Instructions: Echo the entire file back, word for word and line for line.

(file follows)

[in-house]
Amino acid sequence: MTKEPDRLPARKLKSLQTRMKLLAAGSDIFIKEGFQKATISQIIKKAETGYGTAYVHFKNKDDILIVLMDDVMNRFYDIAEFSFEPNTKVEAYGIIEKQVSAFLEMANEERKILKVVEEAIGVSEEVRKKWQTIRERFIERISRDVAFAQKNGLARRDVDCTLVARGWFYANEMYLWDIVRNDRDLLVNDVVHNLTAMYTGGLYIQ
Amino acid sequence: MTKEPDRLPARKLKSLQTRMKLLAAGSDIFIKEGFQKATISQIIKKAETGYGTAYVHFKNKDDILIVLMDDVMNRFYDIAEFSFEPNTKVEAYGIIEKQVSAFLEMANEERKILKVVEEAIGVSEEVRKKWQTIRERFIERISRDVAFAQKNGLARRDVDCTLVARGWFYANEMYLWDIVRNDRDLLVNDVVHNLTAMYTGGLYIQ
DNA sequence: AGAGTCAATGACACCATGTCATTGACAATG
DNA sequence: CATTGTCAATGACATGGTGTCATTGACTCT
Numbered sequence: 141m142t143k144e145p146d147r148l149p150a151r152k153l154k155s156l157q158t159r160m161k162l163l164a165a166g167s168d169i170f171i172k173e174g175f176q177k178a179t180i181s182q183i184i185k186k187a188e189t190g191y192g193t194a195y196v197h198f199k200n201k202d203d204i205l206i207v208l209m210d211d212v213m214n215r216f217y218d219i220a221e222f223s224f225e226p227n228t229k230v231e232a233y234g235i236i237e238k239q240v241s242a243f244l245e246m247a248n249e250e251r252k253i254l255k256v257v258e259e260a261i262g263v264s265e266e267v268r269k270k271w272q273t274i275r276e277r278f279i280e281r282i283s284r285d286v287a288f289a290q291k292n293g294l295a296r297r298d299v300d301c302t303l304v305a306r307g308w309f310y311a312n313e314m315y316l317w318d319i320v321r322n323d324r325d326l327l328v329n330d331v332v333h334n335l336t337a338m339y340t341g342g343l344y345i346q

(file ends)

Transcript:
[in-house]
Amino acid sequence: MTKEPDRLPARKLKSLQTRMKLLAAGSDIFIKEGFQKATISQIIKKAETGYGTAYVHFKNKDDILIVLMDDVMNRFYDIAEFSFEPNTKVEAYGIIEKQVSAFLEMANEERKILKVVEEAIGVSEEVRKKWQTIRERFIERISRDVAFAQKNGLARRDVDCTLVARGWFYANEMYLWDIVRNDRDLLVNDVVHNLTAMYTGGLYIQ
Amino acid sequence: MTKEPDRLPARKLKSLQTRMKLLAAGSDIFIKEGFQKATISQIIKKAETGYGTAYVHFKNKDDILIVLMDDVMNRFYDIAEFSFEPNTKVEAYGIIEKQVSAFLEMANEERKILKVVEEAIGVSEEVRKKWQTIRERFIERISRDVAFAQKNGLARRDVDCTLVARGWFYANEMYLWDIVRNDRDLLVNDVVHNLTAMYTGGLYIQ
DNA sequence: AGAGTCAATGACACCATGTCATTGACAATG
DNA sequence: CATTGTCAATGACATGGTGTCATTGACTCT
Numbered sequence: 141m142t143k144e145p146d147r148l149p150a151r152k153l154k155s156l157q158t159r160m161k162l163l164a165a166g167s168d169i170f171i172k173e174g175f176q177k178a179t180i181s182q183i184i185k186k187a188e189t190g191y192g193t194a195y196v197h198f199k200n201k202d203d204i205l206i207v208l209m210d211d212v213m214n215r216f217y218d219i220a221e222f223s224f225e226p227n228t229k230v231e232a233y234g235i236i237e238k239q240v241s242a243f244l245e246m247a248n249e250e251r252k253i254l255k256v257v258e259e260a261i262g263v264s265e266e267v268r269k270k271w272q273t274i275r276e277r278f279i280e281r282i283s284r285d286v287a288f289a290q291k292n293g294l295a296r297r298d299v300d301c302t303l304v305a306r307g308w309f310y311a312n313e314m315y316l317w318d319i320v321r322n323d324r325d326l327l328v329n330d331v332v333h334n335l336t337a338m339y340t341g342g343l344y345i346q